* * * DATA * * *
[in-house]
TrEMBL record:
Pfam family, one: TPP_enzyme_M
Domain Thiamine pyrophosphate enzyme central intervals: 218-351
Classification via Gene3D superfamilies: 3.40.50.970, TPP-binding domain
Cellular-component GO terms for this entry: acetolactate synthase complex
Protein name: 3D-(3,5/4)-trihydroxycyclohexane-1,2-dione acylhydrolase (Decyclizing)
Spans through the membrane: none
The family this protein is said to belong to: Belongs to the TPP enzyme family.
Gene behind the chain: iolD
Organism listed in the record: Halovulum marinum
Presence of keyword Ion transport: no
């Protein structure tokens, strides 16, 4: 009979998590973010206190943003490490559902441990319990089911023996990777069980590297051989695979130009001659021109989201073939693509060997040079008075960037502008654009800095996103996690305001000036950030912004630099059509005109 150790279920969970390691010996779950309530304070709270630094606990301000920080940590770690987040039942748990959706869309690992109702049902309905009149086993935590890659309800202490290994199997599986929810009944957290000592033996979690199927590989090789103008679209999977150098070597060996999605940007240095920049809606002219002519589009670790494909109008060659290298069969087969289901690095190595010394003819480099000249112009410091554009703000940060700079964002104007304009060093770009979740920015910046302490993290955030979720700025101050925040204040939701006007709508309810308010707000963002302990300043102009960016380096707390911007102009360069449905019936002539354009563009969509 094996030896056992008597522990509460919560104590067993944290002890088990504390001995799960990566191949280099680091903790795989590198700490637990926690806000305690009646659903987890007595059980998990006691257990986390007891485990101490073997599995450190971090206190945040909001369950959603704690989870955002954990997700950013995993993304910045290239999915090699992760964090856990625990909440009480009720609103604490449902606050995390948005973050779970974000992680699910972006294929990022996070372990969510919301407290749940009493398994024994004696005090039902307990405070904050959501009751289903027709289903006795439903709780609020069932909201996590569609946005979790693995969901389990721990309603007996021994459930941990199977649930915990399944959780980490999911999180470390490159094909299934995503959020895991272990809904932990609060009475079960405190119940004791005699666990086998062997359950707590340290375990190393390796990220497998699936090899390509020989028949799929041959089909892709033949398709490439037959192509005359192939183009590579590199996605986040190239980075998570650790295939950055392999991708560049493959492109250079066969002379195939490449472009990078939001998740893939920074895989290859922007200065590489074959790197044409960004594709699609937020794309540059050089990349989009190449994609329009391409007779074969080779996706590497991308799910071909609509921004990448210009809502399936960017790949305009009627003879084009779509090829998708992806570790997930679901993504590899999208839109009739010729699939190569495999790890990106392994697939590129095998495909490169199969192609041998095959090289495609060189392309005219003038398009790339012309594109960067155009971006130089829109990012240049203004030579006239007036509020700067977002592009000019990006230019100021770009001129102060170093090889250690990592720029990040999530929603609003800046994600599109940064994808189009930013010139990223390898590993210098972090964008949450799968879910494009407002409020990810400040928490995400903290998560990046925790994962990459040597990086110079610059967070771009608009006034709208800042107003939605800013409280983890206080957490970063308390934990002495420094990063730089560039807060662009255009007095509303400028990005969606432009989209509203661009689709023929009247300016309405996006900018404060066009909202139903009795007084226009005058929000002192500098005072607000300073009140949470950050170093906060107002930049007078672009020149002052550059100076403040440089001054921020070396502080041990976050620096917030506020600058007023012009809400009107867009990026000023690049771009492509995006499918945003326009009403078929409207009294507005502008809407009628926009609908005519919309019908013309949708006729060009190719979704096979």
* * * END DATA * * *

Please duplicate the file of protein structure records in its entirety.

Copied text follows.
[in-house]
TrEMBL record:
Pfam family, one: TPP_enzyme_M
Domain Thiamine pyrophosphate enzyme central intervals: 218-351
Classification via Gene3D superfamilies: 3.40.50.970, TPP-binding domain
Cellular-component GO terms for this entry: acetolactate synthase complex
Protein name: 3D-(3,5/4)-trihydroxycyclohexane-1,2-dione acylhydrolase (Decyclizing)
Spans through the membrane: none
The family this protein is said to belong to: Belongs to the TPP enzyme family.
Gene behind the chain: iolD
Organism listed in the record: Halovulum marinum
Presence of keyword Ion transport: no
């Protein structure tokens, strides 16, 4: 009979998590973010206190943003490490559902441990319990089911023996990777069980590297051989695979130009001659021109989201073939693509060997040079008075960037502008654009800095996103996690305001000036950030912004630099059509005109 150790279920969970390691010996779950309530304070709270630094606990301000920080940590770690987040039942748990959706869309690992109702049902309905009149086993935590890659309800202490290994199997599986929810009944957290000592033996979690199927590989090789103008679209999977150098070597060996999605940007240095920049809606002219002519589009670790494909109008060659290298069969087969289901690095190595010394003819480099000249112009410091554009703000940060700079964002104007304009060093770009979740920015910046302490993290955030979720700025101050925040204040939701006007709508309810308010707000963002302990300043102009960016380096707390911007102009360069449905019936002539354009563009969509 094996030896056992008597522990509460919560104590067993944290002890088990504390001995799960990566191949280099680091903790795989590198700490637990926690806000305690009646659903987890007595059980998990006691257990986390007891485990101490073997599995450190971090206190945040909001369950959603704690989870955002954990997700950013995993993304910045290239999915090699992760964090856990625990909440009480009720609103604490449902606050995390948005973050779970974000992680699910972006294929990022996070372990969510919301407290749940009493398994024994004696005090039902307990405070904050959501009751289903027709289903006795439903709780609020069932909201996590569609946005979790693995969901389990721990309603007996021994459930941990199977649930915990399944959780980490999911999180470390490159094909299934995503959020895991272990809904932990609060009475079960405190119940004791005699666990086998062997359950707590340290375990190393390796990220497998699936090899390509020989028949799929041959089909892709033949398709490439037959192509005359192939183009590579590199996605986040190239980075998570650790295939950055392999991708560049493959492109250079066969002379195939490449472009990078939001998740893939920074895989290859922007200065590489074959790197044409960004594709699609937020794309540059050089990349989009190449994609329009391409007779074969080779996706590497991308799910071909609509921004990448210009809502399936960017790949305009009627003879084009779509090829998708992806570790997930679901993504590899999208839109009739010729699939190569495999790890990106392994697939590129095998495909490169199969192609041998095959090289495609060189392309005219003038398009790339012309594109960067155009971006130089829109990012240049203004030579006239007036509020700067977002592009000019990006230019100021770009001129102060170093090889250690990592720029990040999530929603609003800046994600599109940064994808189009930013010139990223390898590993210098972090964008949450799968879910494009407002409020990810400040928490995400903290998560990046925790994962990459040597990086110079610059967070771009608009006034709208800042107003939605800013409280983890206080957490970063308390934990002495420094990063730089560039807060662009255009007095509303400028990005969606432009989209509203661009689709023929009247300016309405996006900018404060066009909202139903009795007084226009005058929000002192500098005072607000300073009140949470950050170093906060107002930049007078672009020149002052550059100076403040440089001054921020070396502080041990976050620096917030506020600058007023012009809400009107867009990026000023690049771009492509995006499918945003326009009403078929409207009294507005502008809407009628926009609908005519919309019908013309949708006729060009190719979704096979």